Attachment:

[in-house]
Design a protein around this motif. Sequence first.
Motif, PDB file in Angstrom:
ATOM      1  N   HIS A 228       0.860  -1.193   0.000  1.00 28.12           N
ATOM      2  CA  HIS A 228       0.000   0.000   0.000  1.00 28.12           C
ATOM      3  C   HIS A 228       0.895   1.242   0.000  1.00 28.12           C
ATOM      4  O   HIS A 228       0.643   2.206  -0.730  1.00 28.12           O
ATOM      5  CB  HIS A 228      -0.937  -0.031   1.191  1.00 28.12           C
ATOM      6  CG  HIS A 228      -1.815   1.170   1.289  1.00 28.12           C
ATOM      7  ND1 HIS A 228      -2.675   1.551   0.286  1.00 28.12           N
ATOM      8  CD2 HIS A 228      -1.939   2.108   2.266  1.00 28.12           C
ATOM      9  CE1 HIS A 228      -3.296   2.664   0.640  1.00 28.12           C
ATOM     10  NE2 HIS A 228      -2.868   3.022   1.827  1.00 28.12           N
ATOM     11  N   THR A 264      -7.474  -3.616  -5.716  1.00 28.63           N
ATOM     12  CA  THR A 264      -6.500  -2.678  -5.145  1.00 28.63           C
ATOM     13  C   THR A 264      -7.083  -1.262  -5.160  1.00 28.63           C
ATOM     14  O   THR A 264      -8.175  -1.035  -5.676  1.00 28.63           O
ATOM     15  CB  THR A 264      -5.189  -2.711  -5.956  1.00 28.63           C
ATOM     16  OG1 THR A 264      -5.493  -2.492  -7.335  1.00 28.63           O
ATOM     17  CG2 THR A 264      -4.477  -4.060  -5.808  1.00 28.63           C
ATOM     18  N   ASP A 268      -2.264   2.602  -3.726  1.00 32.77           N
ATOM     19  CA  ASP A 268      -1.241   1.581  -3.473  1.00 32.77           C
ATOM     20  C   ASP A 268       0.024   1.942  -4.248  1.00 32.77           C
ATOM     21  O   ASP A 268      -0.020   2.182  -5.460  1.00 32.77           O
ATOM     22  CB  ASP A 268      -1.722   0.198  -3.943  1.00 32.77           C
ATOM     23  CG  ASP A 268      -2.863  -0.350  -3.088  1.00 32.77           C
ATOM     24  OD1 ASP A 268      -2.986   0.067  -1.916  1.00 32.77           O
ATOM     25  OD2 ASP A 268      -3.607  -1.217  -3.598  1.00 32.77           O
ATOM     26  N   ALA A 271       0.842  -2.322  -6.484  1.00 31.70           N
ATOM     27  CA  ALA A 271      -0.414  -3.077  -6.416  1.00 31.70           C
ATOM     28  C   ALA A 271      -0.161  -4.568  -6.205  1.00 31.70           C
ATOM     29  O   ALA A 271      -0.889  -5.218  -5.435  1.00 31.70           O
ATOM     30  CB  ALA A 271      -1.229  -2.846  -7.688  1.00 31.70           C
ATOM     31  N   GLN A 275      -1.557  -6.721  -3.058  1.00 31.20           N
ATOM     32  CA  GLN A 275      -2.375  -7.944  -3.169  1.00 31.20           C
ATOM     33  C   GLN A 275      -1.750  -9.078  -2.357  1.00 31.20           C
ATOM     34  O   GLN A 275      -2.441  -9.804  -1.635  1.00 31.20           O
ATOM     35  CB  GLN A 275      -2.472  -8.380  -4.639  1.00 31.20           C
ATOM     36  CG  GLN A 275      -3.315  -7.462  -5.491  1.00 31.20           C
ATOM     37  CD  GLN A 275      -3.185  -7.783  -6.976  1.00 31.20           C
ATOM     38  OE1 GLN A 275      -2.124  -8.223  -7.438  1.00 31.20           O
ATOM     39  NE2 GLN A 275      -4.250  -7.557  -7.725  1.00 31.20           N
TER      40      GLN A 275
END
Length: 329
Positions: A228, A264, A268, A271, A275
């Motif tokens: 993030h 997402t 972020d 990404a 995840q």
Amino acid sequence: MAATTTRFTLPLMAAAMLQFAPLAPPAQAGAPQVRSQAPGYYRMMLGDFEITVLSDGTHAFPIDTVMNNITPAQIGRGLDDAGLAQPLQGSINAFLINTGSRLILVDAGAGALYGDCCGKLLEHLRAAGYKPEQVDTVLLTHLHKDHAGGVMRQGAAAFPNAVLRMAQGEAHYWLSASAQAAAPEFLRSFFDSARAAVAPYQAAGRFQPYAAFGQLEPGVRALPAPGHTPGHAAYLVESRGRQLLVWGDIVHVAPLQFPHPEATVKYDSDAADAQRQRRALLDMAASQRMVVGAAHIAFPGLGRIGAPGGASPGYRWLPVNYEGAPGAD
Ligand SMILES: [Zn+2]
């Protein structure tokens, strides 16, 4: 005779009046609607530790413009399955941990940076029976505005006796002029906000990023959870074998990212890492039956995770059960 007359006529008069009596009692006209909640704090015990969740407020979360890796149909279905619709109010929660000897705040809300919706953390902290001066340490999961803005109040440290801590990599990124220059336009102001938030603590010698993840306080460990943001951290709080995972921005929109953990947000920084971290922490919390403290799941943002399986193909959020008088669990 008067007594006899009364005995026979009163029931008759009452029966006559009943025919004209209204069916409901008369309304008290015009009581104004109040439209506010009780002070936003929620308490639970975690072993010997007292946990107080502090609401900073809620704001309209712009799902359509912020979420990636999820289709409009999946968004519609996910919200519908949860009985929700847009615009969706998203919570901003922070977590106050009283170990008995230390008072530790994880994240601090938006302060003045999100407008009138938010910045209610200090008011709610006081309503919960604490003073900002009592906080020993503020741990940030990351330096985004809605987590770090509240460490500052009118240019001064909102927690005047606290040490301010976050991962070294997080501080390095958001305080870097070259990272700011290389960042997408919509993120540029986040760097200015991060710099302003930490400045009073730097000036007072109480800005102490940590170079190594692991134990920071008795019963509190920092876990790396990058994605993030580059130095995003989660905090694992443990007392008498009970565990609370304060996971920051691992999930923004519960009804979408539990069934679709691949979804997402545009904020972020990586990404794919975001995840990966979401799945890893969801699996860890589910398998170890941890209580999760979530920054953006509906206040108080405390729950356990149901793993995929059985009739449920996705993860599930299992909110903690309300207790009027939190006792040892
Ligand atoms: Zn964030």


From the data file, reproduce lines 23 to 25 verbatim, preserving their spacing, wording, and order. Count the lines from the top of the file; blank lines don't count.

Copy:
ATOM     20  C   ASP A 268       0.024   1.942  -4.248  1.00 32.77           C
ATOM     21  O   ASP A 268      -0.020   2.182  -5.460  1.00 32.77           O
ATOM     22  CB  ASP A 268      -1.722   0.198  -3.943  1.00 32.77           C